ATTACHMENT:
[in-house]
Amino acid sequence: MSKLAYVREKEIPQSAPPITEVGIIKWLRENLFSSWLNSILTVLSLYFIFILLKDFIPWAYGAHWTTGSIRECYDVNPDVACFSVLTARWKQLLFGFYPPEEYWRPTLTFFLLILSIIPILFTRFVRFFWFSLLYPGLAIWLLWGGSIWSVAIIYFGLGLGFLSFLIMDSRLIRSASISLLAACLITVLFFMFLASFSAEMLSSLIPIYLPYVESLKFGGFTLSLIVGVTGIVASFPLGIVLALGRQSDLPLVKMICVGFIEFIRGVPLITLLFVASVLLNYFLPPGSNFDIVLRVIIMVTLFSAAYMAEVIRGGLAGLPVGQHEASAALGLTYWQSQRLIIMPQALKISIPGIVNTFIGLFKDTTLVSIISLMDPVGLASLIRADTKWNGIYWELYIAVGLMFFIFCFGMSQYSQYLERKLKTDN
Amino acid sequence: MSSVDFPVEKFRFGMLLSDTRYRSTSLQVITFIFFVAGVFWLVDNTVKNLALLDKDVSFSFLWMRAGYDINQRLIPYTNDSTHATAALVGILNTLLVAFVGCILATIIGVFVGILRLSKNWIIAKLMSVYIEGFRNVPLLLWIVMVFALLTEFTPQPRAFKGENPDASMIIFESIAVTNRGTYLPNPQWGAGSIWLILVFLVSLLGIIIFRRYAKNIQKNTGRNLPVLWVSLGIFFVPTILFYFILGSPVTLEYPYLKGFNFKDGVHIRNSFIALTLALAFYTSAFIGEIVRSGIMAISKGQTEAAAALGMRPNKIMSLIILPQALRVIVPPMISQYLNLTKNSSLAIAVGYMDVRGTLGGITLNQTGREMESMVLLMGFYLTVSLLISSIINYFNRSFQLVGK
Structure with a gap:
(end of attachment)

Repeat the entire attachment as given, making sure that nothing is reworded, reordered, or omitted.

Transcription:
[in-house]
Amino acid sequence: MSKLAYVREKEIPQSAPPITEVGIIKWLRENLFSSWLNSILTVLSLYFIFILLKDFIPWAYGAHWTTGSIRECYDVNPDVACFSVLTARWKQLLFGFYPPEEYWRPTLTFFLLILSIIPILFTRFVRFFWFSLLYPGLAIWLLWGGSIWSVAIIYFGLGLGFLSFLIMDSRLIRSASISLLAACLITVLFFMFLASFSAEMLSSLIPIYLPYVESLKFGGFTLSLIVGVTGIVASFPLGIVLALGRQSDLPLVKMICVGFIEFIRGVPLITLLFVASVLLNYFLPPGSNFDIVLRVIIMVTLFSAAYMAEVIRGGLAGLPVGQHEASAALGLTYWQSQRLIIMPQALKISIPGIVNTFIGLFKDTTLVSIISLMDPVGLASLIRADTKWNGIYWELYIAVGLMFFIFCFGMSQYSQYLERKLKTDN
Amino acid sequence: MSSVDFPVEKFRFGMLLSDTRYRSTSLQVITFIFFVAGVFWLVDNTVKNLALLDKDVSFSFLWMRAGYDINQRLIPYTNDSTHATAALVGILNTLLVAFVGCILATIIGVFVGILRLSKNWIIAKLMSVYIEGFRNVPLLLWIVMVFALLTEFTPQPRAFKGENPDASMIIFESIAVTNRGTYLPNPQWGAGSIWLILVFLVSLLGIIIFRRYAKNIQKNTGRNLPVLWVSLGIFFVPTILFYFILGSPVTLEYPYLKGFNFKDGVHIRNSFIALTLALAFYTSAFIGEIVRSGIMAISKGQTEAAAALGMRPNKIMSLIILPQALRVIVPPMISQYLNLTKNSSLAIAVGYMDVRGTLGGITLNQTGREMESMVLLMGFYLTVSLLISSIINYFNRSFQLVGK
Structure with a gap: